We made Meyersdale by mid-afternoon and rolled 11 miles to our overnight in Rockwood, Pa. While the Great Allegheny Passage (GAP) is gravel, it is excellently maintained and we set our sights on covering a hundred miles in two days.
At my insistence, we hit the trail early the next day and it was a mistake. While the temperatures had been in the 70 to 90 degree range, it was below freezing when we rolled out of town near the top of the Appalachian Mountains at about 7 a.m. We had packed for cool weather but nothing like this. After a couple of miles we dug socks out and put them on our hands.
Have I mentioned how much I love riding with Sabra? I kvetch about her taking photos, but she’s a great riding companion. She took the cold in stride and by mid-morning we were enjoying a glorious day.
Top riders in The Race Across America (RAAM) put in 22 hours a day, averaging 15 miles an hour to finish the 3,000-mile route in eight days. Racers eat and even answer nature’s call while on the saddle, and the grueling pace causes some to hallucinate.
In other words, it’s much like how Sabra and I roll when we are on our annual bicycle vacation. Not that we cover as much ground as fast as RAAM, but we add in other elements of difficulty to even things out. None of the ultra-marathon riders, for example, consume 15,000 calories at breakfast before starting the day like me, and none participate in off-saddle steeplechases to get just the right angle for a photo like Sabra. While the elite racers speed along on expensive, ultra-light bikes made of titanium and carry nothing else; we slog along loaded down with a food larder, liquor cabinet, clothes closet, laundry supplies, computer, repair kit, lights, camera, toiletry bag, cable lock, stereo system and, in my case, a back scratcher.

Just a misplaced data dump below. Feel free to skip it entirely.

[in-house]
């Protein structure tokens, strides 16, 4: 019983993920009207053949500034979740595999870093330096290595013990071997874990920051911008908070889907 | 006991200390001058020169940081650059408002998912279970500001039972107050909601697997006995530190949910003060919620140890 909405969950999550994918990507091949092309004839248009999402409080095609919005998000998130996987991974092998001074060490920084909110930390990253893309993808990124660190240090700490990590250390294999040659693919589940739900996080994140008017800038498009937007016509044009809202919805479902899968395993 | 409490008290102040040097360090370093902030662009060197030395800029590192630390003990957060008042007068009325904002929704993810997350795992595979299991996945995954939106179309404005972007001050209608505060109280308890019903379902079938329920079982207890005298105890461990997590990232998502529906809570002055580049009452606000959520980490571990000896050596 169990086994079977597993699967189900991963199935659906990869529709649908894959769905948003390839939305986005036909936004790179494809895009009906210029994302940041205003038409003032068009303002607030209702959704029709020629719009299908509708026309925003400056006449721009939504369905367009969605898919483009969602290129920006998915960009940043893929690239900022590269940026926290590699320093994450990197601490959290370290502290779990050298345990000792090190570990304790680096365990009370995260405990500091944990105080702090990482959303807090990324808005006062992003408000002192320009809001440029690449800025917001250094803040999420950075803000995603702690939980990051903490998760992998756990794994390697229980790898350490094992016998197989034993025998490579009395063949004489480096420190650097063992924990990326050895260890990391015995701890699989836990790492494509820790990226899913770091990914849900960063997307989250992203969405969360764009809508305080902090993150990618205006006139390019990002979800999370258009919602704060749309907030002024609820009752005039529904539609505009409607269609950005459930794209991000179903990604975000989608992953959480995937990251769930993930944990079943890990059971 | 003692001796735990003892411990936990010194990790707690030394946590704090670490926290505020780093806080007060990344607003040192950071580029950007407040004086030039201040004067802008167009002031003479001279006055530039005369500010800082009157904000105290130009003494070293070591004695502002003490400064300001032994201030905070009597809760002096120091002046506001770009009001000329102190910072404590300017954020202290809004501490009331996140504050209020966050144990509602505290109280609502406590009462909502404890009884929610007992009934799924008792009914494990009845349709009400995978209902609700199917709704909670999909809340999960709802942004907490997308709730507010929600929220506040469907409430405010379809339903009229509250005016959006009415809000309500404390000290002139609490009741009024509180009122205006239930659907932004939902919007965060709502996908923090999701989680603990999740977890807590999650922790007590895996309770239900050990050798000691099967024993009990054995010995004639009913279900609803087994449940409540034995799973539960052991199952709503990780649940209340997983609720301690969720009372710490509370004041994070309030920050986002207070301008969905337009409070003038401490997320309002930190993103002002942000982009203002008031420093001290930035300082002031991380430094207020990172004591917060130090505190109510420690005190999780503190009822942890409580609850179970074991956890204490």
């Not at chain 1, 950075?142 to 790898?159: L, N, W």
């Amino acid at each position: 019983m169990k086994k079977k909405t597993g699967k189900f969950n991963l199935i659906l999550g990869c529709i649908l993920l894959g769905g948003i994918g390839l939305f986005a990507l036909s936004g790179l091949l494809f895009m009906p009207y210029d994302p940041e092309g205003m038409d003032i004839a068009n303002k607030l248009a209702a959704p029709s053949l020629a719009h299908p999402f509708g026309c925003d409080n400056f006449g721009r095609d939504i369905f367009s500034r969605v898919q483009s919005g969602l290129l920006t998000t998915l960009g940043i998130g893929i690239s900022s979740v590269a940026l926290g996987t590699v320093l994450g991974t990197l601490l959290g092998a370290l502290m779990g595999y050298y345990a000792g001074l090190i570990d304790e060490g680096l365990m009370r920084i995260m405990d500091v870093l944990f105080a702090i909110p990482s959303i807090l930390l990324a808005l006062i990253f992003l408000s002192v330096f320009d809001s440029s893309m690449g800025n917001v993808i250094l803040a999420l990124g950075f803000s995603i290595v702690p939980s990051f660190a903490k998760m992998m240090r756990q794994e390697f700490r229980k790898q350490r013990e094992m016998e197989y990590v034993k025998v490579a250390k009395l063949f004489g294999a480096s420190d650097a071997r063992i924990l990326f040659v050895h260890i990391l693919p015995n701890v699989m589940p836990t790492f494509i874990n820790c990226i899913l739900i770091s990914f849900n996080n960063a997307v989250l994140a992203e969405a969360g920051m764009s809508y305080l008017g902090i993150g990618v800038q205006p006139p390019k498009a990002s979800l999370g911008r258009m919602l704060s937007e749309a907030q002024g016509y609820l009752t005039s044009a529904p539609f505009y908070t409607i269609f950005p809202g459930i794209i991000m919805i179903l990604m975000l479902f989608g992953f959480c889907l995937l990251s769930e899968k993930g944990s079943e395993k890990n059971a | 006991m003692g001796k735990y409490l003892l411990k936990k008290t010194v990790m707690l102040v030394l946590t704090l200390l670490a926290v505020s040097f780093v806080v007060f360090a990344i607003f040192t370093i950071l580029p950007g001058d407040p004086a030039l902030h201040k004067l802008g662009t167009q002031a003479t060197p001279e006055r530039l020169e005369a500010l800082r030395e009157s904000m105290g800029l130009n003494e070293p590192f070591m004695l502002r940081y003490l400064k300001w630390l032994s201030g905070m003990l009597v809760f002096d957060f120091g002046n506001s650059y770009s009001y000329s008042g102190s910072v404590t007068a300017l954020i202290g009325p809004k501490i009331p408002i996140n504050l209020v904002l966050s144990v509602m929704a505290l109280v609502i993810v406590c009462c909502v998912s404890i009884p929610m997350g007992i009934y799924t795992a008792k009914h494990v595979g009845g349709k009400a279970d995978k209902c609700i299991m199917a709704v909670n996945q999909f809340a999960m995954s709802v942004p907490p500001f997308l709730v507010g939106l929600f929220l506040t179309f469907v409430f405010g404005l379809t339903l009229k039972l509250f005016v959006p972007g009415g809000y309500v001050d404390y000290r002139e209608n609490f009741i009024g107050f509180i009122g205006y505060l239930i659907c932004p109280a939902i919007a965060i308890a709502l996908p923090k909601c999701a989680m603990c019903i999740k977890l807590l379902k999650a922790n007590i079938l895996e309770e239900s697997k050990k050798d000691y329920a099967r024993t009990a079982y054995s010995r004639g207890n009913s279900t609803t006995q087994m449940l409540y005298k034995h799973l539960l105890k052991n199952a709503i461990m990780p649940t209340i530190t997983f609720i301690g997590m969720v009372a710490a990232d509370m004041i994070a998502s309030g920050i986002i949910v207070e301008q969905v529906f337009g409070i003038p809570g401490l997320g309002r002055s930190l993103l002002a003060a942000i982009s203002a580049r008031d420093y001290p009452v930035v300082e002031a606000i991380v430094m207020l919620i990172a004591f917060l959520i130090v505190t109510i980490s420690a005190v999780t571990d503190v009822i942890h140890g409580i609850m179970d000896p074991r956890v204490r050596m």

And, like the elite racers, we can lose touch with reality with the best of them.
On a ride through Wisconsin a few years ago, for example, we were 40 miles into a 50-mile, unusually hot, punishing day when we came across a restaurant/bar in the middle of nowhere. (The dairy state seems to have an unofficial rule that where two paved roads intersect there has to be a road house offering cold beer, pickled gizzards from a gallon jar, friendly locals and a shake of the day dice game). The establishment we came across on this particular day advertised “free pool Tuesday,” and it was Tuesday. Imagine the luck, a tavern with a swimming pool and it’s free today.
Luckily, Sabra was on hand or I would have changed into my suit, got out my rubber ducky and marched into the bar looking for the pool.
While we didn’t have any breaks with reality on our most recent trip, we did run into one cyclist who left me wondering if he wasn’t a few spokes short of a full wheel. His name was Larry and he stopped on a cool, crisp fall morning to take in the view from one of the many bridges on the GAP. We were headed northeast and he, southwest. I, as I often do, struck up a conversation with him. He was our age and I pegged him for a car salesman because of the rapid-fire way he spoke. I wasn’t far off; he owned and operated a string of nine futon stores in Ohio.
Business was bad, he offered without my asking, with the economy being the way it is.
“Ten years ago,” he swaggered slightly, “I could throw (four letter word for excrement) on a wall and sell it. Now, because of Obama, I had to close two stores.” I tried arguing with him, saying that the poor economy’s roots were in Republican tax cuts and unfunded wars but he would have none of it. From there the topic segued to a women’s right to control her own body, and Larry maintained that abortion was nothing more than a lazy women’s birth control.
I couldn’t stand it any longer and broke off the conversation thankful that we were heading in opposite directions. As we rolled off I hummed “rubber ducky, you’re the one...”